White 'crocodile' flags are hung outside the home to show someone has died
Death, ritual and funeral customs in Cambodia
Throughout southern Asia, most communities follow the Buddhist way of life.
Buddhists do not think of death as the end of a life, but as the end of a life cycle, and around 96 per cent of Cambodians practice Buddhism which influences the way in which they treat death and funerals.
In parts of Cambodia, wooden ‘spirit houses’ are erected in front of homes, from the poorest to the richest. The huts are places where food and drink are left for the souls of departed relatives. The food is left to help refuel the spirits.
Death customs throughout Cambodia follow certain rituals.
When a person dies, the family look after the body. They wash it and dress it before placing it in a coffin. A post mortem doesn’t take place, or organs removed, as Cambodians believe this would have a negative impact on the departure of the soul and rebirth. Bodies are also not embalmed.
Monks go to the home and recite sermons every evening by the side of the body. The coffin is surrounded by flowers and photos of the deceased, and white flags, called white crocodile flags, are hung outside the home to show that someone has died.
Three days after the death, the departed is taken to a crematorium in a funeral procession which includes a priest, Buddhist monks and members of the deceased’s family.
The crematorium is usually on or near temple grounds. On some occasions, such as the death of celebrities or high officials, a crematorium is built to accommodate the crowd.
Mourners wear white, which is the colour of grief in Cambodia, and they also shave their heads.
In some cases, the oldest daughter may drop coins behind her back during the procession. Women also stop wearing make-up because it’s considered disrespectful to the deceased’s family.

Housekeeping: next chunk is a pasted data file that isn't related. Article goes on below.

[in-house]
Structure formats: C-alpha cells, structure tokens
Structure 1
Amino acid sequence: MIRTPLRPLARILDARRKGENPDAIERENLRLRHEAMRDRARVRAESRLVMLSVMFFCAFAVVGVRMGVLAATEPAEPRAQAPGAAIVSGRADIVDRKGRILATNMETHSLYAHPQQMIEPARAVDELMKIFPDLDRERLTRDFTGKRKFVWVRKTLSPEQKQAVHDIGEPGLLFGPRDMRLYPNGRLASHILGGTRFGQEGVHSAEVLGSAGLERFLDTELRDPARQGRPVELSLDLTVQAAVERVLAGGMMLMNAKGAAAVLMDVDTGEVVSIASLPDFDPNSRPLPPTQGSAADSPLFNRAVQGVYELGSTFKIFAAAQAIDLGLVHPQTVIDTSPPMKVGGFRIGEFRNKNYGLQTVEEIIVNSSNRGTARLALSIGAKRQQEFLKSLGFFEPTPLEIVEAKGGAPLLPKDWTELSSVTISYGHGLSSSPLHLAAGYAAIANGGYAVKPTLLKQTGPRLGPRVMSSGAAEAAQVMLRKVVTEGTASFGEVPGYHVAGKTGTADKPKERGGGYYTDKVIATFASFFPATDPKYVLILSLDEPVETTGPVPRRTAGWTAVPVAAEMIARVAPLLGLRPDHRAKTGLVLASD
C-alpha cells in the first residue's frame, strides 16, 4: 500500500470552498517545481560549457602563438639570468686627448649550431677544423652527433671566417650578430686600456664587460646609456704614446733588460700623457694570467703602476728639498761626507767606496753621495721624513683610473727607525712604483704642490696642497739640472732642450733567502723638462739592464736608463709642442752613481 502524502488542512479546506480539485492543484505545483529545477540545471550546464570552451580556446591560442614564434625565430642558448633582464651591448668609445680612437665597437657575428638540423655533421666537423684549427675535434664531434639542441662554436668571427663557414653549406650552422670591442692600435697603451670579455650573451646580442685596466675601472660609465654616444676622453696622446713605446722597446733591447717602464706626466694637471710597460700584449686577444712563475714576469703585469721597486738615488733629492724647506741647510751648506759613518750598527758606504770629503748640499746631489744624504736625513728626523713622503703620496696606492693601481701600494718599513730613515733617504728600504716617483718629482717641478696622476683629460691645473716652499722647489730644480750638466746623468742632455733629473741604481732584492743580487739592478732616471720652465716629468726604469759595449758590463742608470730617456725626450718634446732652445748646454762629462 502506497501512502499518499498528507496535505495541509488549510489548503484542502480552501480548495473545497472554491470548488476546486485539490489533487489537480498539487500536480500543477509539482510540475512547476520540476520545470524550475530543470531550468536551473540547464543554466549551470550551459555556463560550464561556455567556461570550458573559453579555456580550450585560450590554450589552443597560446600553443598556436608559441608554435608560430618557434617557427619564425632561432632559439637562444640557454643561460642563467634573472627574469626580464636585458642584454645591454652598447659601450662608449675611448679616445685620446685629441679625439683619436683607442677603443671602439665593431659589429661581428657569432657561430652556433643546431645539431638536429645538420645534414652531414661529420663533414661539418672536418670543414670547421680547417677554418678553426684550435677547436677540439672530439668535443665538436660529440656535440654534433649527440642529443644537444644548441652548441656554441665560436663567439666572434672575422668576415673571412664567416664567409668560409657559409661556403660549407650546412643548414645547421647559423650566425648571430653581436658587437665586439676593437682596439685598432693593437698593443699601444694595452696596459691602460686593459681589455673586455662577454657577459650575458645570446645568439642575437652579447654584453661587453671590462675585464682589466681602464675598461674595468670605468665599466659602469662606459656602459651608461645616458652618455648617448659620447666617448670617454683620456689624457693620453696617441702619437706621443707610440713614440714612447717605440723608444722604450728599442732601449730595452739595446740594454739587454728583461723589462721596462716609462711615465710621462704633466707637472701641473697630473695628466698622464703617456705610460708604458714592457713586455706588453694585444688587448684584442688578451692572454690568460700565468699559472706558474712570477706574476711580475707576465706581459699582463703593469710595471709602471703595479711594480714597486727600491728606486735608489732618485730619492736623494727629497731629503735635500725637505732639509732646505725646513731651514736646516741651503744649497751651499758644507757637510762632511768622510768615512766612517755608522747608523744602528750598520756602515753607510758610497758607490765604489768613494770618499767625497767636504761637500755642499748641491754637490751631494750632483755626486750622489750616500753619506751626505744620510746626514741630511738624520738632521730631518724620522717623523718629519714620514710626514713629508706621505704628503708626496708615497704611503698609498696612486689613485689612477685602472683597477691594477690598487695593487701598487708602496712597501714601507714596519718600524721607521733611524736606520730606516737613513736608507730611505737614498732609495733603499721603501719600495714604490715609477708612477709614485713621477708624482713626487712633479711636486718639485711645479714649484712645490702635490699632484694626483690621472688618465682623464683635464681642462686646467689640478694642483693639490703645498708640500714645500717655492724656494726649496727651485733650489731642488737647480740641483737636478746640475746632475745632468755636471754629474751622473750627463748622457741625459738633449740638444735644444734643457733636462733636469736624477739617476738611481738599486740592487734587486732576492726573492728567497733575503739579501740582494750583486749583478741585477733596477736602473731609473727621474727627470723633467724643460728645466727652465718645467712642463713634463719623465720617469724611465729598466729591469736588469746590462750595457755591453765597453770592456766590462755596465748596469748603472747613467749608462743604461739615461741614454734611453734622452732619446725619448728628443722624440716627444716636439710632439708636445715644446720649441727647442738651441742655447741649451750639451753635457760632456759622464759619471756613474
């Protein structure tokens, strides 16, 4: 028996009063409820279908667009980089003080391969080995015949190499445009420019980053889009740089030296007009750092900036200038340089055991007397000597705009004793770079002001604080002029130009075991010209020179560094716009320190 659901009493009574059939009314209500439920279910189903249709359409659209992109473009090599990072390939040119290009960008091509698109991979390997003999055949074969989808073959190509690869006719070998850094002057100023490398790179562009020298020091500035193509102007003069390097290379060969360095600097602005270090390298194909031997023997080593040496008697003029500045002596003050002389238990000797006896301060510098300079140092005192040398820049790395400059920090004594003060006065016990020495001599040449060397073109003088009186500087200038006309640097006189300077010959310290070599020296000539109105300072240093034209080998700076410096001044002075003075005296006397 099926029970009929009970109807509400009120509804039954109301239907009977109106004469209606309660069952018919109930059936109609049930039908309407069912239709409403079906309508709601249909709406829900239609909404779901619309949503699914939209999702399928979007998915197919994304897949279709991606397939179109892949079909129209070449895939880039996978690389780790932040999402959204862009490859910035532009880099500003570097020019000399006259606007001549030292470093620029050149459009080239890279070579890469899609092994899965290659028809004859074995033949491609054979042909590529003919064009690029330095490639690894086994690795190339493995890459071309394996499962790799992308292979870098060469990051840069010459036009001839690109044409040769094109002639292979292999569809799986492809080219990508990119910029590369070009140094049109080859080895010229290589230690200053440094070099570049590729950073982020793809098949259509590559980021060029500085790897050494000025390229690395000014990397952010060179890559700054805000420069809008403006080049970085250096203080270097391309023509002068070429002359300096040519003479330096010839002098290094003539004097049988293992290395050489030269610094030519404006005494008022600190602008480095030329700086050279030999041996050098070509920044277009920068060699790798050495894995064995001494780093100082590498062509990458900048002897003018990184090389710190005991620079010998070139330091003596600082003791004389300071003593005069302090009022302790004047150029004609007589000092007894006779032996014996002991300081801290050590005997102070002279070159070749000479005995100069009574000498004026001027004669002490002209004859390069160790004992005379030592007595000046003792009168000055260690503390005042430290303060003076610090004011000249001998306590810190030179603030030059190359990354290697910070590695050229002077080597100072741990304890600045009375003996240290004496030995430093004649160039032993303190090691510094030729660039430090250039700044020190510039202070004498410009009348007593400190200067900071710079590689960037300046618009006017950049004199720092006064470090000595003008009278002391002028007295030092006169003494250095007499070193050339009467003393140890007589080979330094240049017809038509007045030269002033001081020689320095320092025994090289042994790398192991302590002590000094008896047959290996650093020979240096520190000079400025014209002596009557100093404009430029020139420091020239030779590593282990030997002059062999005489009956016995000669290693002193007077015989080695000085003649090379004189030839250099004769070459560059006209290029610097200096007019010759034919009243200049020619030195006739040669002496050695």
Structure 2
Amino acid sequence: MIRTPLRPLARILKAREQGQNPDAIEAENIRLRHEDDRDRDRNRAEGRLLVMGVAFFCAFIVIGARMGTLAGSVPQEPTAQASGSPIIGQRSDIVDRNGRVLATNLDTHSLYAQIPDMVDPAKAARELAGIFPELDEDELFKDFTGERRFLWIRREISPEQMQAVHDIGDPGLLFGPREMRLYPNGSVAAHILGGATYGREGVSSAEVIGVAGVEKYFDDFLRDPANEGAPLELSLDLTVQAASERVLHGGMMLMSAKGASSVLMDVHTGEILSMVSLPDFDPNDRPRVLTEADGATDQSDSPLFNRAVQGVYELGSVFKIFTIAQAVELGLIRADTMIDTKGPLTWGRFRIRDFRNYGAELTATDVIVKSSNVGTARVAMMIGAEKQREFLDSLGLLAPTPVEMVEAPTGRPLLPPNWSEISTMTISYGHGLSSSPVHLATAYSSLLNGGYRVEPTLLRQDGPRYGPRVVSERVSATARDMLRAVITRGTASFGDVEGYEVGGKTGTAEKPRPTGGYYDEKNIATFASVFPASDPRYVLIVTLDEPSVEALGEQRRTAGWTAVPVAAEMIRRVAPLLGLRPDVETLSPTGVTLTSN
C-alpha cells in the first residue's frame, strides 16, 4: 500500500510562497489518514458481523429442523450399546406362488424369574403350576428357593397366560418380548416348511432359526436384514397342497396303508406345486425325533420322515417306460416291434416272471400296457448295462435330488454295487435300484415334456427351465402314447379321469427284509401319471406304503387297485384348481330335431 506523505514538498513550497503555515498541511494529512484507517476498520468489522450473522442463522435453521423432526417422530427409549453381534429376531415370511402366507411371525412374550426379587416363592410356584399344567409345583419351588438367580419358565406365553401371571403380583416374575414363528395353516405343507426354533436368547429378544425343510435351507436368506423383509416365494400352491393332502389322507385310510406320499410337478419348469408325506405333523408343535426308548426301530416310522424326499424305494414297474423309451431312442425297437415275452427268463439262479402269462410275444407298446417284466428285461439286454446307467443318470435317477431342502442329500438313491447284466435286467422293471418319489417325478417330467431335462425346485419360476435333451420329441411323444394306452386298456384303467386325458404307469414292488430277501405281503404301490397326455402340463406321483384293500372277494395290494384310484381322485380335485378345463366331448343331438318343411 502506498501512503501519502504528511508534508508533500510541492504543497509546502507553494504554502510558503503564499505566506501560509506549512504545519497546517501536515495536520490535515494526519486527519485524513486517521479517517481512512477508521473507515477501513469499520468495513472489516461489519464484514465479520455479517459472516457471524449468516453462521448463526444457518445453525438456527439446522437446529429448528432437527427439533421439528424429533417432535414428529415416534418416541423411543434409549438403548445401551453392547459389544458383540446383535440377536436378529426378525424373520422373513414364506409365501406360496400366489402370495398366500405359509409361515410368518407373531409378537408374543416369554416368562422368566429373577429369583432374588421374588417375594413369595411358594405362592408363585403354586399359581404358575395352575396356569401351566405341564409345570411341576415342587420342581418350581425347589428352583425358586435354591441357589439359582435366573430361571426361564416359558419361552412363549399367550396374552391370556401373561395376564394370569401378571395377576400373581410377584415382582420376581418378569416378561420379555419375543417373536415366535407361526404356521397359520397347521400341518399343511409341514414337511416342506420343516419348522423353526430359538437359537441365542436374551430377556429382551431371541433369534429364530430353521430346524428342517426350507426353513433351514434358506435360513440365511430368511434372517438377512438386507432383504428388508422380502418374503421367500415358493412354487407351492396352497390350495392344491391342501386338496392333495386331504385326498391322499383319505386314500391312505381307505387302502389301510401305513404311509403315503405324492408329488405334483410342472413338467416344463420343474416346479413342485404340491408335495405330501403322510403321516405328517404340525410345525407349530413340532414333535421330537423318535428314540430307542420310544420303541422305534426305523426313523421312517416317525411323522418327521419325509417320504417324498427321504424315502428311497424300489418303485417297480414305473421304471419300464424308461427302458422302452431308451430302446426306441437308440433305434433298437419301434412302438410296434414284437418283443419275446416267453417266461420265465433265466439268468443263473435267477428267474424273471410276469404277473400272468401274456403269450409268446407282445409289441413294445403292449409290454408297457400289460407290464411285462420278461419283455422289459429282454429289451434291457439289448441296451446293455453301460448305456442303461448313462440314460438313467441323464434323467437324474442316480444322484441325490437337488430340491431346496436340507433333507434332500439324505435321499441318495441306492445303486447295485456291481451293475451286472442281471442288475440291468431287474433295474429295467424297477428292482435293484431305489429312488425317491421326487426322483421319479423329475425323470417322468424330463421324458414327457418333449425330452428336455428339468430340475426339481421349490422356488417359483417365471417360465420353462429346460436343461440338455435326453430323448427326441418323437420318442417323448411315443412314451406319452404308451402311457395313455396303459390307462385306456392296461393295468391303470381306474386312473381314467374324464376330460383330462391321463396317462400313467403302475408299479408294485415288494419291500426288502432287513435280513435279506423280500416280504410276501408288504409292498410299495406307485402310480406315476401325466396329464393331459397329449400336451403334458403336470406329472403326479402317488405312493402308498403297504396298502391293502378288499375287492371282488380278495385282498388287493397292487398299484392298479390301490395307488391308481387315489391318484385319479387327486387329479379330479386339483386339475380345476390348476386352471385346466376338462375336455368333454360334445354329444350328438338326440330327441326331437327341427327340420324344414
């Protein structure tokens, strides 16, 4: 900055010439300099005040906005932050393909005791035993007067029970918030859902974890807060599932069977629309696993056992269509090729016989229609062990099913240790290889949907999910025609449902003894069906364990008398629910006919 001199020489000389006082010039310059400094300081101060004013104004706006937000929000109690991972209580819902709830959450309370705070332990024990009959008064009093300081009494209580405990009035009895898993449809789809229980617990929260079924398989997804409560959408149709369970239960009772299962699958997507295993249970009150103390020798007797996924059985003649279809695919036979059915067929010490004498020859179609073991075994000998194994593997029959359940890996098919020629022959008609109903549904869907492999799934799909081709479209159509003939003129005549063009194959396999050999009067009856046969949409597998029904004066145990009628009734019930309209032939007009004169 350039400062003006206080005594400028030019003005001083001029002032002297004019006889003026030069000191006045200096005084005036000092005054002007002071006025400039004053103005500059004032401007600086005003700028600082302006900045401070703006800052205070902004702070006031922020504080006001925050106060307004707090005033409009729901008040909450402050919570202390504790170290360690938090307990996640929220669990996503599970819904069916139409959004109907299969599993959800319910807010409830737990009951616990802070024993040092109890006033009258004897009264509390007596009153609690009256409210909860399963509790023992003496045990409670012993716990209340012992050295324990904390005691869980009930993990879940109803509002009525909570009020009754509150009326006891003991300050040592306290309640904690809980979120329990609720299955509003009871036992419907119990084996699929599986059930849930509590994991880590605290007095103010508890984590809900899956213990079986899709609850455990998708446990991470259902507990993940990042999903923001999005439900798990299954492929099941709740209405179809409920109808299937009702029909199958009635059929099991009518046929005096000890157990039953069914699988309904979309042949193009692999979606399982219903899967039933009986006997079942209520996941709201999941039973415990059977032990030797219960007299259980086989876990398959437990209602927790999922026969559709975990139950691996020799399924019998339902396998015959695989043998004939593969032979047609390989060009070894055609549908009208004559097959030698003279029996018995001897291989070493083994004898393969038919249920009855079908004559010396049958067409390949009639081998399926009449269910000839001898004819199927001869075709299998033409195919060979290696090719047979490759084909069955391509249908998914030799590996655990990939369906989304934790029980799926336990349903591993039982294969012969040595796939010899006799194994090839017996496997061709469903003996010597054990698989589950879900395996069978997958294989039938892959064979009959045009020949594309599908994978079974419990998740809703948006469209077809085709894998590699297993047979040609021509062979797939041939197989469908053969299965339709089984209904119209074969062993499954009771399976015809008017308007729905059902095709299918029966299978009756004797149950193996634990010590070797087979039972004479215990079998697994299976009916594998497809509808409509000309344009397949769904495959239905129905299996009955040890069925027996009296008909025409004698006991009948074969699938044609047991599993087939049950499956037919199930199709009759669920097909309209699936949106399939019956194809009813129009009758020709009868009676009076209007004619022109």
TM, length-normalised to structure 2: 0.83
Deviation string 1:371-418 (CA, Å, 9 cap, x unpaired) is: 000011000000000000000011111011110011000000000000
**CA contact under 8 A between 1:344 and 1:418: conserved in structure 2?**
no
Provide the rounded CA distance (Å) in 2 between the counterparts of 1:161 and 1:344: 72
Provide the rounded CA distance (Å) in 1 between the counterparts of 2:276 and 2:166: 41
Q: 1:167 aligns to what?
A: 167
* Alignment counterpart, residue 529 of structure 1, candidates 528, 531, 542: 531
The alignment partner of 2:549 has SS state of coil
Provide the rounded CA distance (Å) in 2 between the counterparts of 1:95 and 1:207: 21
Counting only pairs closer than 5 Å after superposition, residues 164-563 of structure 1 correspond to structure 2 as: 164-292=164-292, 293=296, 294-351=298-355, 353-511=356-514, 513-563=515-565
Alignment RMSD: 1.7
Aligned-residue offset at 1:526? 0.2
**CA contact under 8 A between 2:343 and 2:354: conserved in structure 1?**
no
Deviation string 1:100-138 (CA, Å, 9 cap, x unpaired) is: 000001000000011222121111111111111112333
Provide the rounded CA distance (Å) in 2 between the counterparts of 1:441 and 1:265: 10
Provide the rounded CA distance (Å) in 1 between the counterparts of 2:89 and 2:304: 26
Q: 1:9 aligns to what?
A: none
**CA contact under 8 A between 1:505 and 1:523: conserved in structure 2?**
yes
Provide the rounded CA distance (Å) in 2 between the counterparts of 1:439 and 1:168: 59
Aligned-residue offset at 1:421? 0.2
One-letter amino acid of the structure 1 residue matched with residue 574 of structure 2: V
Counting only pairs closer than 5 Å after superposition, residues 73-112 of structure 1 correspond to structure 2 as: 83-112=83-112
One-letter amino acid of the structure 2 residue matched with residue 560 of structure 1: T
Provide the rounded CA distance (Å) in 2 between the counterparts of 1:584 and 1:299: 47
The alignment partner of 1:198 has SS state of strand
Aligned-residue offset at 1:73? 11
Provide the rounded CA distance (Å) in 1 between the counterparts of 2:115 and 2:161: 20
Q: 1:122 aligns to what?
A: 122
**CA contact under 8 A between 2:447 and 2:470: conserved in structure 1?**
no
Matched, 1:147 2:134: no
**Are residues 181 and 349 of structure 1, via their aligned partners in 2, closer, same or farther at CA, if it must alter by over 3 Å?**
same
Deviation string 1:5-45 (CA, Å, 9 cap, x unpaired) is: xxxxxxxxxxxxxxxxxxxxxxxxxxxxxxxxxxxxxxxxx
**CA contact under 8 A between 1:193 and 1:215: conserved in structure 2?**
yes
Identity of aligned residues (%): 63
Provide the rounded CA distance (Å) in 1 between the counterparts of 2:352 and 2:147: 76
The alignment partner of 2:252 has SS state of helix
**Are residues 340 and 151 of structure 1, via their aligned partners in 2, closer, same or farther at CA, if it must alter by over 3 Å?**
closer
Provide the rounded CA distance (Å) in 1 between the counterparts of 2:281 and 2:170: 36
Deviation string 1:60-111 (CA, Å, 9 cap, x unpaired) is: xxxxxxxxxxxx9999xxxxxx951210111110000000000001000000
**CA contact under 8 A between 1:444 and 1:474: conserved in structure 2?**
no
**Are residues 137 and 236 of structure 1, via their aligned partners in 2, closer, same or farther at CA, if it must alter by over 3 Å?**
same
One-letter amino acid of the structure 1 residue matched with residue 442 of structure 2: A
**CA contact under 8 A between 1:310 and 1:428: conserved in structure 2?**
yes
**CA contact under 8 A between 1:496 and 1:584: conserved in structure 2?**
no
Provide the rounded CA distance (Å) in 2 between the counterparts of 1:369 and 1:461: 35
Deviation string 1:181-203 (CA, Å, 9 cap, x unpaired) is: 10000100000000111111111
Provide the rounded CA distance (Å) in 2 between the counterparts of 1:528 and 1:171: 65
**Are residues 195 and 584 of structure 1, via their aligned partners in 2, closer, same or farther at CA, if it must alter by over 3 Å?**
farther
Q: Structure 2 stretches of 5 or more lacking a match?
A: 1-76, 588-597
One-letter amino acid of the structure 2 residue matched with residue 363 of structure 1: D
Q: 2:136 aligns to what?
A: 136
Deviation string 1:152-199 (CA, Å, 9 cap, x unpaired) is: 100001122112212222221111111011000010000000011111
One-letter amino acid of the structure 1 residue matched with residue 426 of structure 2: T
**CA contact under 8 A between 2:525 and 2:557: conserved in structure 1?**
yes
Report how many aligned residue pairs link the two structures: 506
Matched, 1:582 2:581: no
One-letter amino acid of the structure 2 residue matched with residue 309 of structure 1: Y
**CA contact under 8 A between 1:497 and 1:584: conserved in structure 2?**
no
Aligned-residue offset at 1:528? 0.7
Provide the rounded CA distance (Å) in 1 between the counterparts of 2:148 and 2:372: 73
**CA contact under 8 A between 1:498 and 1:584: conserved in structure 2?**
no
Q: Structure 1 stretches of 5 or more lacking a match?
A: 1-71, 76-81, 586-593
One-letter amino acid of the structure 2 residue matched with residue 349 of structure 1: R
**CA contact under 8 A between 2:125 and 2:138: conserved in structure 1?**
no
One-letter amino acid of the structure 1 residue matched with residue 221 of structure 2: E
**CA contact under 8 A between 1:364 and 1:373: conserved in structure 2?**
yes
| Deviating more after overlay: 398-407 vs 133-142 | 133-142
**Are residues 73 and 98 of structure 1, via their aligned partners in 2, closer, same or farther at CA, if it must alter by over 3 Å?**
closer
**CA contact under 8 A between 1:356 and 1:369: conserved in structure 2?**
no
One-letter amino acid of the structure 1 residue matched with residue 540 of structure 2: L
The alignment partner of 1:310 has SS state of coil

The body is cremated and the ashes are collected, cleaned and kept in a stupa in the temple compound. They are closely observed by monks whose role is to help the soul pass into the afterlife. Some families keep the ashes at home.
Other people have a piece of their beloved one’s bone or tooth gilded as amulets and worn around their necks.
Seven days after the service, and then 100 days after, another ceremony is held to honour the departed. This usually takes place in a temple which includes giving alms and praying, but sometimes it’s at a family member’s home.
Many Cambodians believe that all life evolves in a successive cycle of birth, old age, sickness, death and rebirth. In order for these stages to occur, Cambodians carry out rituals in the Buddhist tradition. If the rituals aren’t adhered to, Cambodians believe the deceased will not move onto the next stage of the cycle – rebirth.
Monks play critical roles in helping the departed to move onto the next life. They perform blessing ceremonies at births, weddings and times of sickness.
When someone is dying, a monk will be called to the bedside in order to prepare them for the next life. Most Cambodians want the monk to remain until the person has departed because they believe this is when the soul leaves the body and lingers for a while. The family believe the monk will help calm the soul after the confusion of the death.
A special ceremony known as Prachum Bend is celebrated for 15 days in September or October. Cambodians believe that some souls, because of bad karma, are not able to be reincarnated.
Each year those souls are released to search for their living relatives, meditate and repent. People go to the temple and make an offering of food to their ancestors and other trapped souls who have no living relatives.
Cambodians also have superstitions regarding death, including a belief that animals should be kept away from the deceased.
It is believed that if the deceased hears an animal cry, their soul attaches to that animal. Another superstition is that a cat mustn’t be allowed to jump over the body. If one does, the deceased’s soul becomes an evil spirit and doesn’t enter the rebirth cycle.
This is a preview of a feature article.
Everything you need to know in the funeral industry. Get the full story and much more with a subscription to FSJ, from just £1.92 per month.